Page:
Rotating eight-hour blackouts in the Gaza Strip began Sunday as Israel cut back the supply of fuel to the territory's only generating plant. The Jewish state said it was sending a "stern message" to Palestinian militants in Gaza to stop targeting Israelis with daily rocket and mortar fire. Israeli forces also wound up a four-day offensive in Gaza, killing at least 17 people and rounding up suspected militants (some of them being blindfolded by a soldier, above).

A terrorist bomber killed himself and at least 10 other people at Army Day celebrations in Baghdad. Seventeen more were wounded in the attack, the worst of four in the capital Sunday. A drive-by shooting in Baghdad also killed a Shiite organizer of an armed antimilitia force. Iraqi Prime Minister Nouri al-Maliki, returning from a set of medical tests in London, said his government would integrate into the Army and police Sunni groups that have switched sides and now oppose Al Qaeda. But he warned that such groups must be safeguarded against infiltration by terrorists.

A plan that finally could result in the election of a new president for Lebanon appeared to win the support of pro- and anti-Syrian political forces Sunday. As formulated by the Arab League, the plan endorses Army Gen. Michel Suleiman as the chief executive and calls for a government of national unity, with no party having the power to impose or block its decisions. But Hizbullah said it still wanted "clarification" of certain aspects of the plan. Parliament has postponed the vote for president 11 times. It now is scheduled for Saturday.

Using the Internet, 1,363 candidates registered Saturday for Iran's parliamentary election, officials said. Registration for the 290-seat Majlis is open for one week, after which the hard-line Guardian Council begins screening candidates – a process that in the last election eliminated thousands of would-be reformers from running. Analysts say the March 14 vote will be a key test of President Mahmoud Ahmadinejad's hold on power, although it won't alter Iranian nuclear policy.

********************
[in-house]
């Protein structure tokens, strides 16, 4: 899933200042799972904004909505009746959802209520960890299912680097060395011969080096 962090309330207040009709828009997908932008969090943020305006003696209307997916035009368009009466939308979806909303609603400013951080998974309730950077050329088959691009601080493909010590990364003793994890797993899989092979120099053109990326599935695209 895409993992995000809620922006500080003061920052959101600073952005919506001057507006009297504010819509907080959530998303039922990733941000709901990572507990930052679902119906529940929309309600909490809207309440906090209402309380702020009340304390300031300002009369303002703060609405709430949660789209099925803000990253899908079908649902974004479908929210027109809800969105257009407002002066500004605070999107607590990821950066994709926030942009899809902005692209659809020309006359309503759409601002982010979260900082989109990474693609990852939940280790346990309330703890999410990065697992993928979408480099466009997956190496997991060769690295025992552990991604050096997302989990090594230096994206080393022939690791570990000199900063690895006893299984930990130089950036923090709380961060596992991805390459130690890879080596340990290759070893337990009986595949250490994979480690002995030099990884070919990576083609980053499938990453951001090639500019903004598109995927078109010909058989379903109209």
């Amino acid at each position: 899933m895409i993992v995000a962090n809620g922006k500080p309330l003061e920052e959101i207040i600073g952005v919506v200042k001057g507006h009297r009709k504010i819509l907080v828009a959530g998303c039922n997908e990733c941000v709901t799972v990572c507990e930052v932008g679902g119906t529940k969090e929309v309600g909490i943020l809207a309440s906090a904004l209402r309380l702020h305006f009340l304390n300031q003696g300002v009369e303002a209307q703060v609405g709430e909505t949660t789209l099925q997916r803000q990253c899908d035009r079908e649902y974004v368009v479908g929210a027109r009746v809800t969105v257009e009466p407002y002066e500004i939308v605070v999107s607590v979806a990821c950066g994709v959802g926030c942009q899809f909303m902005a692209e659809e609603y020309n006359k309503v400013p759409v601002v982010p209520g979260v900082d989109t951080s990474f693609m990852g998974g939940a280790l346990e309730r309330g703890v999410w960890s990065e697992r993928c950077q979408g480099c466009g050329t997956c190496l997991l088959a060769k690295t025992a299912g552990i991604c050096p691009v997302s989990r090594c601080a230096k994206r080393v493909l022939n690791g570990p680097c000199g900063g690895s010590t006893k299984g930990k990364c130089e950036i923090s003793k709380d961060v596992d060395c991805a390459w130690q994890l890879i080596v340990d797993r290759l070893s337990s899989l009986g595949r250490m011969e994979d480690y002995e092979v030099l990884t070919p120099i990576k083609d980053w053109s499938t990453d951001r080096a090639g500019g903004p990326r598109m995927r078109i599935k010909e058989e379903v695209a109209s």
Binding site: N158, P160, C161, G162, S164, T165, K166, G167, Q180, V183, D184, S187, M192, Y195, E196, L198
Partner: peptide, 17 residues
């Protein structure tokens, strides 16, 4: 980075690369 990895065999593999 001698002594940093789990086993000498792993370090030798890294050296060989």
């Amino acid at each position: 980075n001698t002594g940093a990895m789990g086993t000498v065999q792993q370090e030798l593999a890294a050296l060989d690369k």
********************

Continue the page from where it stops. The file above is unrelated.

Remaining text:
A website dedicated to the Tamil separatist cause in Sri Lanka appeared to confirm Saturday that "Colonel Charles," the rebel intelligence chief, was killed in an attack by government military units.The incident took place two days after the government gave notice that it is ending its participation in the tattered five-year-old truce with therebels. The government also said it wanted the role of cease-fire monitors from Norway to be "redefined."

Muslim radicals ambushed a military patrol and shot a civilian to death in southern Thailand over the weekend as their separatist campaign entered its fifth year. Yet, an Army spokesman insisted that security in the volatile provinces of Yala, Pattani, and Narathiwat is improving and said "we will bring peace to the region in 2008." A self-appointed monitoring group said Friday that the violence has claimed an average of 72 lives a month since September 2006.

A disabled fishing trawler was expected to be under way again Monday off Antarctica after US military personnel airdropped the parts to repair its main engine. The British-registered Argos Georgia and its 25-man crew had been stranded since before Christmas and soon would have become trapped because strong currents were pushing the vessel deep into pack ice, a US Air Force spokesman said Saturday night.

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